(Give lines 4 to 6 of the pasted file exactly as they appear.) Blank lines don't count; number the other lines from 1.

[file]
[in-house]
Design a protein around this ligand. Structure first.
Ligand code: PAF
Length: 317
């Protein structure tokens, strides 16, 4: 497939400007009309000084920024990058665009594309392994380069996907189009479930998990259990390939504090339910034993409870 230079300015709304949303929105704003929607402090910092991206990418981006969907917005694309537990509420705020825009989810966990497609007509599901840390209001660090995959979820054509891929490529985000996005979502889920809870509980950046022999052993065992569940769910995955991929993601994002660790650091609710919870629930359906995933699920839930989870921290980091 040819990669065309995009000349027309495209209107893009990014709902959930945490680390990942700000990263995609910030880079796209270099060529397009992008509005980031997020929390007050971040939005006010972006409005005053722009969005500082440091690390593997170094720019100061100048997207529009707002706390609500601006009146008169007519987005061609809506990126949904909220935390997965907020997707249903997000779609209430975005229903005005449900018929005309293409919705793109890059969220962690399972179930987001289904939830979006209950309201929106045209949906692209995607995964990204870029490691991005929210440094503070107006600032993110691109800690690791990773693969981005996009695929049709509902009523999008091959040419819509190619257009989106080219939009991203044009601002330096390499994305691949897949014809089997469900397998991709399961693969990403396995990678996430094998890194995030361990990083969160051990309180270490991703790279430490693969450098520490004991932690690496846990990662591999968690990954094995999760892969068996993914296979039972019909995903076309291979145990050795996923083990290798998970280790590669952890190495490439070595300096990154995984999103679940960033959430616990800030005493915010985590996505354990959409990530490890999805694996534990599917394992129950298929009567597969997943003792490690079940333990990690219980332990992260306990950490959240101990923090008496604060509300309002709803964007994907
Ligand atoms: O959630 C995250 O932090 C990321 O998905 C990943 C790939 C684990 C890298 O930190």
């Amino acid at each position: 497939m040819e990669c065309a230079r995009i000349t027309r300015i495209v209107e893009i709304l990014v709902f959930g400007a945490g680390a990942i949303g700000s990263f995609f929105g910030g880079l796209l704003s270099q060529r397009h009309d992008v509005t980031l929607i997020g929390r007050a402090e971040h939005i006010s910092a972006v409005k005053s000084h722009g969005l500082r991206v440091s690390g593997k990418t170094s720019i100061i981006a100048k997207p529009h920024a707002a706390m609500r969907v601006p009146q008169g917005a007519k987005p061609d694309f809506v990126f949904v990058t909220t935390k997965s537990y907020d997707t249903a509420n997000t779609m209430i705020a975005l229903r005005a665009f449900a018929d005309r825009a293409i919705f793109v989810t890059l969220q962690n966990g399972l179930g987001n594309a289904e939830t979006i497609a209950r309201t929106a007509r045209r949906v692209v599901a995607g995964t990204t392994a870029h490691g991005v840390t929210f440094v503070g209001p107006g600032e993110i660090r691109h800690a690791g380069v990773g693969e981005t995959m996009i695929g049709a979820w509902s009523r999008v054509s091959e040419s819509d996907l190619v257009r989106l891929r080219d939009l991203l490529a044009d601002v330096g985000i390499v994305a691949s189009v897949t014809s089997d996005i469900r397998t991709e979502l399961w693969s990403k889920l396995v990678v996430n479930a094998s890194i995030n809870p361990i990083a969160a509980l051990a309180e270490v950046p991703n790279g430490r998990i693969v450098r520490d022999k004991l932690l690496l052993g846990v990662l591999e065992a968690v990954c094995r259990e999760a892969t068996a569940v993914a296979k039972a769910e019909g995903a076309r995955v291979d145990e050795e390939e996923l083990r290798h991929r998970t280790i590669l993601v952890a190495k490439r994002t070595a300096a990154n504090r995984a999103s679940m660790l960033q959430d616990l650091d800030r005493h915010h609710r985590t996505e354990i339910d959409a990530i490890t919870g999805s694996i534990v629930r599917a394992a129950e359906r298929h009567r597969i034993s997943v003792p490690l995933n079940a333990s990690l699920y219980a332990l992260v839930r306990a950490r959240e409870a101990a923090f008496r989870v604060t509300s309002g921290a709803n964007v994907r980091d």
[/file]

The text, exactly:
Length: 317
């Protein structure tokens, strides 16, 4: 497939400007009309000084920024990058665009594309392994380069996907189009479930998990259990390939504090339910034993409870 230079300015709304949303929105704003929607402090910092991206990418981006969907917005694309537990509420705020825009989810966990497609007509599901840390209001660090995959979820054509891929490529985000996005979502889920809870509980950046022999052993065992569940769910995955991929993601994002660790650091609710919870629930359906995933699920839930989870921290980091 040819990669065309995009000349027309495209209107893009990014709902959930945490680390990942700000990263995609910030880079796209270099060529397009992008509005980031997020929390007050971040939005006010972006409005005053722009969005500082440091690390593997170094720019100061100048997207529009707002706390609500601006009146008169007519987005061609809506990126949904909220935390997965907020997707249903997000779609209430975005229903005005449900018929005309293409919705793109890059969220962690399972179930987001289904939830979006209950309201929106045209949906692209995607995964990204870029490691991005929210440094503070107006600032993110691109800690690791990773693969981005996009695929049709509902009523999008091959040419819509190619257009989106080219939009991203044009601002330096390499994305691949897949014809089997469900397998991709399961693969990403396995990678996430094998890194995030361990990083969160051990309180270490991703790279430490693969450098520490004991932690690496846990990662591999968690990954094995999760892969068996993914296979039972019909995903076309291979145990050795996923083990290798998970280790590669952890190495490439070595300096990154995984999103679940960033959430616990800030005493915010985590996505354990959409990530490890999805694996534990599917394992129950298929009567597969997943003792490690079940333990990690219980332990992260306990950490959240101990923090008496604060509300309002709803964007994907
Ligand atoms: O959630 C995250 O932090 C990321 O998905 C990943 C790939 C684990 C890298 O930190």